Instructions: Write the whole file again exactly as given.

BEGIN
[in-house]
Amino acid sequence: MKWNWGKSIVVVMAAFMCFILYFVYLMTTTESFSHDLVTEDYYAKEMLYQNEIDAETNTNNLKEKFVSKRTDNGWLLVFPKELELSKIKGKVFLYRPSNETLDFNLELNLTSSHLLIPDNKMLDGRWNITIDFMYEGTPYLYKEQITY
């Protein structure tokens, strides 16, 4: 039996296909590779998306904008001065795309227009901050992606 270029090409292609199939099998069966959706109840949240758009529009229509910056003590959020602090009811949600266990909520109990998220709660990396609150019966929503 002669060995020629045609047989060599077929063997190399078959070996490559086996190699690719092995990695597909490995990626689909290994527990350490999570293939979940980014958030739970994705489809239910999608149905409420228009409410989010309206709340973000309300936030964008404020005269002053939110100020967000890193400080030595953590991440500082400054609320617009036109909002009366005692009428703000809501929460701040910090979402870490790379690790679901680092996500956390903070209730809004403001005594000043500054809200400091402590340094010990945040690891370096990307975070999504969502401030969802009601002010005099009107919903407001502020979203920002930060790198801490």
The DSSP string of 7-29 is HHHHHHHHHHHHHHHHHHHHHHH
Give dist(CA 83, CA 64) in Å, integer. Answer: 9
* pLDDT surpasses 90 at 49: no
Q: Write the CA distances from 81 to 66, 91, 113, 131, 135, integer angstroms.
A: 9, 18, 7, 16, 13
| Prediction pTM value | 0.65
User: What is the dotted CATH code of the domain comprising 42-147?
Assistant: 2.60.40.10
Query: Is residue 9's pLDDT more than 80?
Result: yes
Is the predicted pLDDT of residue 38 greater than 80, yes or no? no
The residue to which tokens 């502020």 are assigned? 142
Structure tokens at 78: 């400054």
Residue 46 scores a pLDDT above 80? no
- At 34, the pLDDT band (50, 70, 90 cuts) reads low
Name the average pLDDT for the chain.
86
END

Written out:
[in-house]
Amino acid sequence: MKWNWGKSIVVVMAAFMCFILYFVYLMTTTESFSHDLVTEDYYAKEMLYQNEIDAETNTNNLKEKFVSKRTDNGWLLVFPKELELSKIKGKVFLYRPSNETLDFNLELNLTSSHLLIPDNKMLDGRWNITIDFMYEGTPYLYKEQITY
């Protein structure tokens, strides 16, 4: 039996296909590779998306904008001065795309227009901050992606 270029090409292609199939099998069966959706109840949240758009529009229509910056003590959020602090009811949600266990909520109990998220709660990396609150019966929503 002669060995020629045609047989060599077929063997190399078959070996490559086996190699690719092995990695597909490995990626689909290994527990350490999570293939979940980014958030739970994705489809239910999608149905409420228009409410989010309206709340973000309300936030964008404020005269002053939110100020967000890193400080030595953590991440500082400054609320617009036109909002009366005692009428703000809501929460701040910090979402870490790379690790679901680092996500956390903070209730809004403001005594000043500054809200400091402590340094010990945040690891370096990307975070999504969502401030969802009601002010005099009107919903407001502020979203920002930060790198801490």
The DSSP string of 7-29 is HHHHHHHHHHHHHHHHHHHHHHH
Give dist(CA 83, CA 64) in Å, integer. Answer: 9
* pLDDT surpasses 90 at 49: no
Q: Write the CA distances from 81 to 66, 91, 113, 131, 135, integer angstroms.
A: 9, 18, 7, 16, 13
| Prediction pTM value | 0.65
User: What is the dotted CATH code of the domain comprising 42-147?
Assistant: 2.60.40.10
Query: Is residue 9's pLDDT more than 80?
Result: yes
Is the predicted pLDDT of residue 38 greater than 80, yes or no? no
The residue to which tokens 């502020």 are assigned? 142
Structure tokens at 78: 């400054």
Residue 46 scores a pLDDT above 80? no
- At 34, the pLDDT band (50, 70, 90 cuts) reads low
Name the average pLDDT for the chain.
86